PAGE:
This is a ridiculous postulate. Science is about finding out how things happened to be the way they are. If some being monkeyed with our DNA for example, then discovering that fact is good science. Pretending that everything must have had a non-directed materialistic source is absurd in the extreme. How would these putative scientists who refuse to take into account inteeligent processes account for the American flag on the moon?
Science deals with known facts. If and when God becomes a known fact, then He can be incorporated into theories. Once He is known, we can know about His abilities and limitations, and can identify the features of things He has personally created. We will be able to distinguish between what is the result of natural laws and what is the result of His intervention.

So it is easy to account for the flag on the moon. We know men exist; we know they made flags; we know that they built rockets; we know Americans visited the moon. Thus, we know how the flag got to the moon.

If we didn't know pieces of this, we would still have a good idea, because we can recognize how one can be made. We can duplicate the process. We know what materials and equipment you need to do so. It is part of one of the known things that intelligent people can make. We recognize it because we have seen it before, and we know for a fact how those things came about.

But as it stands, God is not a known fact. He is usually characterized as being omnipotent and all powerful. We don't know His limitations, we cannot distinguish between His personal works and result of natural laws. And we don't know when He intervenes in current circumstances and when He doesn't.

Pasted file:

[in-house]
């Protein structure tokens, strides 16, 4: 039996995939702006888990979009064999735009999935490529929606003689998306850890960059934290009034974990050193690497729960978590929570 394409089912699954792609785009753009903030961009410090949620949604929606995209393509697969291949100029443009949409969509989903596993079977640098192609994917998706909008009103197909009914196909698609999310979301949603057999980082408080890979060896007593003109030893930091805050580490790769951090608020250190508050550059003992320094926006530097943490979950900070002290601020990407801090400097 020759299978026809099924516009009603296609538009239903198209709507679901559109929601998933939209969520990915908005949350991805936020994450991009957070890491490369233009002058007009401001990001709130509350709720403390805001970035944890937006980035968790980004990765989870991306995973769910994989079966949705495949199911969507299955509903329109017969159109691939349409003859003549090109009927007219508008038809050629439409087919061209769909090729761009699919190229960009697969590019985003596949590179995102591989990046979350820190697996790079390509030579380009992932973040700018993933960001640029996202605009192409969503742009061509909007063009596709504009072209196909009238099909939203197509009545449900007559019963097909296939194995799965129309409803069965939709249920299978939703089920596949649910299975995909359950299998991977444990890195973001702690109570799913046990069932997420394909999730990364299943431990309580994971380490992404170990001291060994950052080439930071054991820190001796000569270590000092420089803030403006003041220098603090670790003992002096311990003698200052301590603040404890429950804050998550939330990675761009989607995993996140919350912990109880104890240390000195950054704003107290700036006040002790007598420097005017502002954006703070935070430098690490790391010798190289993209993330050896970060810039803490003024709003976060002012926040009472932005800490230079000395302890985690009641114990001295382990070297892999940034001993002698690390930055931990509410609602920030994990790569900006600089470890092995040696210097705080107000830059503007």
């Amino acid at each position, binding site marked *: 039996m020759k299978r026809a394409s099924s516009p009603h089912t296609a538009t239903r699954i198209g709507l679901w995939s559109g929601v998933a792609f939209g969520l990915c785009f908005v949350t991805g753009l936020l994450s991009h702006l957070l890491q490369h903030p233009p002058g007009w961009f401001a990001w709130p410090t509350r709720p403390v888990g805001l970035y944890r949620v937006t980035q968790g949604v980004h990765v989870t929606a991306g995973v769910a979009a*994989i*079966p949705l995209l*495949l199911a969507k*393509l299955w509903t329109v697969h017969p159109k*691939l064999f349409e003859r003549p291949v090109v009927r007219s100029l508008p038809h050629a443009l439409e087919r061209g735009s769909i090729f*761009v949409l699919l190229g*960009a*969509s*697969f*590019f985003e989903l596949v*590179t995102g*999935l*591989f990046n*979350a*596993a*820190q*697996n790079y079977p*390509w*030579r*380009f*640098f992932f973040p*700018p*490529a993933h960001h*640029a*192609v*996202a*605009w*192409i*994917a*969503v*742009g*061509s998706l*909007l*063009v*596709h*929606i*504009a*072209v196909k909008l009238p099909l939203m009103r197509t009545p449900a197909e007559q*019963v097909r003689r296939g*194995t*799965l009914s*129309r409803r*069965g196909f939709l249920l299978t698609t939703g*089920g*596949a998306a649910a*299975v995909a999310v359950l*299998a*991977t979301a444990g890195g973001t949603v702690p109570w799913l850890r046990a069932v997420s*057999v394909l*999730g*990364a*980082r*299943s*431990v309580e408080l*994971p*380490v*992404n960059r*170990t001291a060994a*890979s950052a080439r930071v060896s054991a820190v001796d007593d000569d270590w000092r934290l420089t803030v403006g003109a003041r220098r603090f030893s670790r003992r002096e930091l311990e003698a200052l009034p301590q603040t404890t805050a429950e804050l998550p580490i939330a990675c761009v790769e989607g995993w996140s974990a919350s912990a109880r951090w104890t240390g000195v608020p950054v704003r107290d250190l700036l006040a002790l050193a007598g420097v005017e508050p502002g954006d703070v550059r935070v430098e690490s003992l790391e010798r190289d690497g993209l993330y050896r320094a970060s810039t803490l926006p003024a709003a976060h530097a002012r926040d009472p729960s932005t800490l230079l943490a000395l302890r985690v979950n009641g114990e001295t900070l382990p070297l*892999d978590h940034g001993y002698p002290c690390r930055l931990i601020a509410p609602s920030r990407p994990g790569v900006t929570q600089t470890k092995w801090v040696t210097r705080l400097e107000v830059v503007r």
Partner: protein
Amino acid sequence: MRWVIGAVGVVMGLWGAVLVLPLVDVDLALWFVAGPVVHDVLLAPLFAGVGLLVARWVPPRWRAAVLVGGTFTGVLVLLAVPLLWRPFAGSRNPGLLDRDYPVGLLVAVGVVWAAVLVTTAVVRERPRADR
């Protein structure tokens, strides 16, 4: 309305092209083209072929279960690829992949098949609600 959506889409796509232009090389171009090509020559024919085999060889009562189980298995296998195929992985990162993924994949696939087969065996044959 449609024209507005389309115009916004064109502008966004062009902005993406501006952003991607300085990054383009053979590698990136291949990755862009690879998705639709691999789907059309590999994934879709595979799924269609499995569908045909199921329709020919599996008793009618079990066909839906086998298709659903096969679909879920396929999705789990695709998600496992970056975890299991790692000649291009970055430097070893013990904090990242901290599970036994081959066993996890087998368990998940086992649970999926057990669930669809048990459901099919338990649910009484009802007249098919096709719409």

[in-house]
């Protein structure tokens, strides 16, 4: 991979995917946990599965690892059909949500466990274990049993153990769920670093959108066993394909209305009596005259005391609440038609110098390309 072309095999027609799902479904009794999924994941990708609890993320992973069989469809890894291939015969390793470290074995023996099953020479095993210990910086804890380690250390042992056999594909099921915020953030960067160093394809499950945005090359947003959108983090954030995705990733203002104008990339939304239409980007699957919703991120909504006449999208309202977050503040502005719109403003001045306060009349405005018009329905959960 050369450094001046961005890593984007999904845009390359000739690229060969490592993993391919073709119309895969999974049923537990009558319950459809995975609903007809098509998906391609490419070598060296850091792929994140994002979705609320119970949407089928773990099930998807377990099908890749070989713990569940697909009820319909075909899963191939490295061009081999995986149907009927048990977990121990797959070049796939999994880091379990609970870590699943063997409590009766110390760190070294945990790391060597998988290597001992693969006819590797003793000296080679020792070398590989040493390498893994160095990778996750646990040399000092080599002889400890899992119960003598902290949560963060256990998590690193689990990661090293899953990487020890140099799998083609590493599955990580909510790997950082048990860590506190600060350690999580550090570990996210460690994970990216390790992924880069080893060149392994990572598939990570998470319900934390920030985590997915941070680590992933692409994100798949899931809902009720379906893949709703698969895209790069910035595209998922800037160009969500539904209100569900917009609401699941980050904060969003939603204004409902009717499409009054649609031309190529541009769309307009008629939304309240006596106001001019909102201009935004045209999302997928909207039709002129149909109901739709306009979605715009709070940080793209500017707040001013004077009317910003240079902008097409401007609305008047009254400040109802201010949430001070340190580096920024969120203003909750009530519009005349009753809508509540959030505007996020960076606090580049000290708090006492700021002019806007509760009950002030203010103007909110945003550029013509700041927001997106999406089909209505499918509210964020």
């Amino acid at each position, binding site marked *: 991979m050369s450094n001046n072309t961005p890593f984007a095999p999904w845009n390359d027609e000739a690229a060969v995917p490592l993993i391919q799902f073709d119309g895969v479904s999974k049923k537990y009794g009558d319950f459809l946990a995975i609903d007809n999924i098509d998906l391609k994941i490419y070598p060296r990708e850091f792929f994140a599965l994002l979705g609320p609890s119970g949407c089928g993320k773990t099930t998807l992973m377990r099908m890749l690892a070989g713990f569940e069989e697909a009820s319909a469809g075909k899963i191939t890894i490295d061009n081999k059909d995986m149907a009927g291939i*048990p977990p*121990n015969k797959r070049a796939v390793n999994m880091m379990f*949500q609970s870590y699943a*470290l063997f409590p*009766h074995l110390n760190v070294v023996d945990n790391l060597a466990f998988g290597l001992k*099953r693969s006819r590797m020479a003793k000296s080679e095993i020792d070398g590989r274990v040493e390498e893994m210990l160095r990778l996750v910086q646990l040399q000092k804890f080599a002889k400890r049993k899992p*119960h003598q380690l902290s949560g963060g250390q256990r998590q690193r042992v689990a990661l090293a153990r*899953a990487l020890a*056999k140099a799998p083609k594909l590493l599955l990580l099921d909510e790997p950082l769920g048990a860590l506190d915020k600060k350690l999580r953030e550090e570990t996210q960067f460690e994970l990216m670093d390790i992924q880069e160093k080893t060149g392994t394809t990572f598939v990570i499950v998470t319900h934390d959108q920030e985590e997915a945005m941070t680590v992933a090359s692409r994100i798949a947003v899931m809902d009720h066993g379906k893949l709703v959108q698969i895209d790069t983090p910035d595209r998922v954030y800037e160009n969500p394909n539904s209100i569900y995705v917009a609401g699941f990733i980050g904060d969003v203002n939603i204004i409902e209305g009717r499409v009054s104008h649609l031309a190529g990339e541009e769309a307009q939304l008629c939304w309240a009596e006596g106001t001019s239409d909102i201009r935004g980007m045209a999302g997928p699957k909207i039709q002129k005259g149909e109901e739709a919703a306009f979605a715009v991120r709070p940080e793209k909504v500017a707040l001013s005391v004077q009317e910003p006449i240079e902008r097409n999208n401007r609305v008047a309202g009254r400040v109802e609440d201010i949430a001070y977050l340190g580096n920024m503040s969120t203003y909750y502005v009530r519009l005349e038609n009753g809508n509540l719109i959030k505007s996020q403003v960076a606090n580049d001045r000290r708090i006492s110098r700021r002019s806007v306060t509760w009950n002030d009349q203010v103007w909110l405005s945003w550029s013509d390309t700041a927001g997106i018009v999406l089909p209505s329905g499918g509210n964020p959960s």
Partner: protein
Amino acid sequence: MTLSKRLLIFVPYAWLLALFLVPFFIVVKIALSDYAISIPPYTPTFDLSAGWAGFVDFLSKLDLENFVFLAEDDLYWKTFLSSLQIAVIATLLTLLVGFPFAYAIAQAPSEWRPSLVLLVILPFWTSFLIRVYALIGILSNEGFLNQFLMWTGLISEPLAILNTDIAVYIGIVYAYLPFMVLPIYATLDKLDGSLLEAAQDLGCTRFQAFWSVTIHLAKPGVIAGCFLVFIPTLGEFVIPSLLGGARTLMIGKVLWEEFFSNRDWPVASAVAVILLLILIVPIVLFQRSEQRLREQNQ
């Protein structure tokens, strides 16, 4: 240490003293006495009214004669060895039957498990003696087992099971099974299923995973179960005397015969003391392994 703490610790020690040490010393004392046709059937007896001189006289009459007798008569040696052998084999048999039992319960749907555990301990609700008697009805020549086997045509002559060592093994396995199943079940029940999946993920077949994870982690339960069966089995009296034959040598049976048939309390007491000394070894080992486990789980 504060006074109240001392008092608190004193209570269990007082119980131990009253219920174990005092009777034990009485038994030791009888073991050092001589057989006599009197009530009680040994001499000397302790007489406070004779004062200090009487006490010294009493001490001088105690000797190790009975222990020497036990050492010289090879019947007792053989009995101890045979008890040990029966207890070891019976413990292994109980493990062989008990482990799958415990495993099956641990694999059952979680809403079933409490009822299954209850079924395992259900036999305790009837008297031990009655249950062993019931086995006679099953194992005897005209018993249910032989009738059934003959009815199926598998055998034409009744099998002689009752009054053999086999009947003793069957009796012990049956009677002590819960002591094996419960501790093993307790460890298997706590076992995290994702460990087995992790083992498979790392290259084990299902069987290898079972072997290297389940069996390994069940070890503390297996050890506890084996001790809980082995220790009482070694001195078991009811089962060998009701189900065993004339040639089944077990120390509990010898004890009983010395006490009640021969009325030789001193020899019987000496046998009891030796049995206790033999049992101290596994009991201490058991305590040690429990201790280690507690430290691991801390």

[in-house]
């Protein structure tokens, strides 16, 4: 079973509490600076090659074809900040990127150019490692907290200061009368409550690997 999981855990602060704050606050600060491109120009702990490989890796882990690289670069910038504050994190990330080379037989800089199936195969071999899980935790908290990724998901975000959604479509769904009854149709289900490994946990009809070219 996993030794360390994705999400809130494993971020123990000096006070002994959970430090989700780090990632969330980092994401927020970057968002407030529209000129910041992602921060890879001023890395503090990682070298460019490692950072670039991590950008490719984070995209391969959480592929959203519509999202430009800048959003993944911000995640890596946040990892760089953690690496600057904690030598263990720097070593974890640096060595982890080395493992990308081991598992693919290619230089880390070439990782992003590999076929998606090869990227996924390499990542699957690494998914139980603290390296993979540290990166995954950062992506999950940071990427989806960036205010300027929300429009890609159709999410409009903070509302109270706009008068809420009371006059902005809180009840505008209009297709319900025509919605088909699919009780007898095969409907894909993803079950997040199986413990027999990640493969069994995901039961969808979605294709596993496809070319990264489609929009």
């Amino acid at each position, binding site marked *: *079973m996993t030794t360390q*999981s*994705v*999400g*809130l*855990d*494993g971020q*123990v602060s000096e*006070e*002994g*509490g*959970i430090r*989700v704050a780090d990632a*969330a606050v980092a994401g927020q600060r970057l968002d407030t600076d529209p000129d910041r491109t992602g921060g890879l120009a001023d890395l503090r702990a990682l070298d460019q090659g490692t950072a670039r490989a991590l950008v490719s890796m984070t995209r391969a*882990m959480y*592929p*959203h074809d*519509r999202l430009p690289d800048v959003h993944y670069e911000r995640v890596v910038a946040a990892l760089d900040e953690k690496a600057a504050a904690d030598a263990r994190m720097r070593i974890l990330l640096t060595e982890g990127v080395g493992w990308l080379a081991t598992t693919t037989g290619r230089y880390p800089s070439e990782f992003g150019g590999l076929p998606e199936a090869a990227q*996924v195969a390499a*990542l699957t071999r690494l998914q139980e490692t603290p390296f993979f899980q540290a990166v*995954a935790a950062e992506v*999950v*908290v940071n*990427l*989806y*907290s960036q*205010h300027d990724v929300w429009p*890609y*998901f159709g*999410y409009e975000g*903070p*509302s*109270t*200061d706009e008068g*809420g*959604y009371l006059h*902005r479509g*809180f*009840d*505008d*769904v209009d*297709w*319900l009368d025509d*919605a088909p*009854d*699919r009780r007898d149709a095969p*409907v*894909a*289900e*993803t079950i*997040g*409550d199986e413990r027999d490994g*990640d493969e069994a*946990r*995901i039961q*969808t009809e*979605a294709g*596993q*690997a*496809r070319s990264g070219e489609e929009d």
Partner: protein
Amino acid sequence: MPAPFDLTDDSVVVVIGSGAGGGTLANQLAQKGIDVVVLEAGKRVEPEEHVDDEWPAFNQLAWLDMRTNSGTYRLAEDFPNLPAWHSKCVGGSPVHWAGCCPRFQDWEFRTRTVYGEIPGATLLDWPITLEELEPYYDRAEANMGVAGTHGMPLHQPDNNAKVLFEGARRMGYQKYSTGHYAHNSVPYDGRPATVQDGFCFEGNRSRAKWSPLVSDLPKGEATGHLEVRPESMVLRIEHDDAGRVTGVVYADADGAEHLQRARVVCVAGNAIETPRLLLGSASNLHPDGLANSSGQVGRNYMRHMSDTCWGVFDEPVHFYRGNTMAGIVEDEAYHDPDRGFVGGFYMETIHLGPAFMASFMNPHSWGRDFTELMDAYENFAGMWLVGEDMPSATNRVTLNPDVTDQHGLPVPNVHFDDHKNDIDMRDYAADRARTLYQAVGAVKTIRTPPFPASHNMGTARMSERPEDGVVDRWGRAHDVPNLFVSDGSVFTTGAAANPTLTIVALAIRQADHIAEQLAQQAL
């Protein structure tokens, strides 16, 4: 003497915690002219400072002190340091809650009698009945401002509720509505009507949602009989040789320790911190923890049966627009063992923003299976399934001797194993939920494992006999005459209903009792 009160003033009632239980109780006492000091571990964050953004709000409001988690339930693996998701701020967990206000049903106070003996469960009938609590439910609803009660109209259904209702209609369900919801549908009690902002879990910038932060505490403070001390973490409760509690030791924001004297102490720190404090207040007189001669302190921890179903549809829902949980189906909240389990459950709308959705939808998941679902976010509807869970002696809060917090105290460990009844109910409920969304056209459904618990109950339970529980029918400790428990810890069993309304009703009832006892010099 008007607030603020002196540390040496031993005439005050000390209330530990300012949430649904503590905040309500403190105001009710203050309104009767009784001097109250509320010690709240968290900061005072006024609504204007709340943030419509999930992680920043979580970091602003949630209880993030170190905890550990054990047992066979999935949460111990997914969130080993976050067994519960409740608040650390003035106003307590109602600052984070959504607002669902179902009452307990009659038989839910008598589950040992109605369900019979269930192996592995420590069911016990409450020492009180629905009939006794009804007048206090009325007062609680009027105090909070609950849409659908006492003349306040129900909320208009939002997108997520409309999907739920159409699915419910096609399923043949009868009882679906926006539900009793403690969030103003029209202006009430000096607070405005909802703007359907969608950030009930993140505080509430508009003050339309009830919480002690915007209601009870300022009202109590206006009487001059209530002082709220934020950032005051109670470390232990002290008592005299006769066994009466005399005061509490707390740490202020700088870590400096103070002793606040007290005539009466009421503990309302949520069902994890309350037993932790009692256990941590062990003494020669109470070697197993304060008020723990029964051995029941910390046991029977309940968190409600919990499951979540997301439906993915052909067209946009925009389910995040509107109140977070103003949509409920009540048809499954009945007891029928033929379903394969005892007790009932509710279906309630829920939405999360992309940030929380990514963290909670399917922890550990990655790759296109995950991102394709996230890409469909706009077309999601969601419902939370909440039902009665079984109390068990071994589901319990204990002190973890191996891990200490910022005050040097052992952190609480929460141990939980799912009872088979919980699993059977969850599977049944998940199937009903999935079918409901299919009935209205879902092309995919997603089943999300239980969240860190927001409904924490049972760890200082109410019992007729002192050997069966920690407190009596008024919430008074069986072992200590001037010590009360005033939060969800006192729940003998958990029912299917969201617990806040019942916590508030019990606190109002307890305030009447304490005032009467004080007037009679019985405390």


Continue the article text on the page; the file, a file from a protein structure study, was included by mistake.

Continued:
Given these limitations to our knowledge, science is instead defining what is natural--what appear to be the result of natural laws. These are constant and consistent, so they are much easier to understand.

Sure, once we understand everything that is natural we can start looking for the supernatural. Or, if we have proof of the supernatural and its limits and abilities, then we can start incorporating that into our theories. But without those, science has to limit itself to the natural. Because without the ability to falsify a theory, you cannot disprove it. And if God can change the outcome of an experiment, how can you falsify it?

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Wayward Son
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quote:
How do you know that there was no life in the universe? That is an absurd statement given the amount that we know about the universe.
The universe is about 13 billion years old (give or take a few years). Earth is about 4 billion years old (IIRC--don't quote me). Where did life exist before then?

If the universe did not always exist, it is logical to assume that life did not always exist, unless you have some indication that this is not so.

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Adjudicator
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Linux-
quote:
What he means is that untestable claims are not science. Sure if you could find a way to test it, then it could be huge, but since that is impossible right now, then we can't be including it in science.
and
quote:
Why would you say that?
Do you see the inherent problem here? A cosmologist studies a phenomenon which is not testable nor repeatable. There is certainly indirect evidence available, but no way to confirm any given theory.

Everard-
quote:
You just provided an example of a materialistic process.
If you allow that science can include things which have been altered by intelligent being, then what basis do you have for arguing that science cannot ever invoke God?


quote:
Yes there is. ITs called "the only evidence that counts is repeatable, testable, observable evidence."
You said this before but you clearly don't believe it. The theory of evolution depends heavily of the assumption of random mutation- a statistical process which is not repeatable. It is impossible, for example, to recreate the circumstances which putatively accompanied human evolution, just as it is impossible to repeat the circumstances of the creation of the universe. If you believe these fields of endeavor are scientific then you do not believe your definition of science.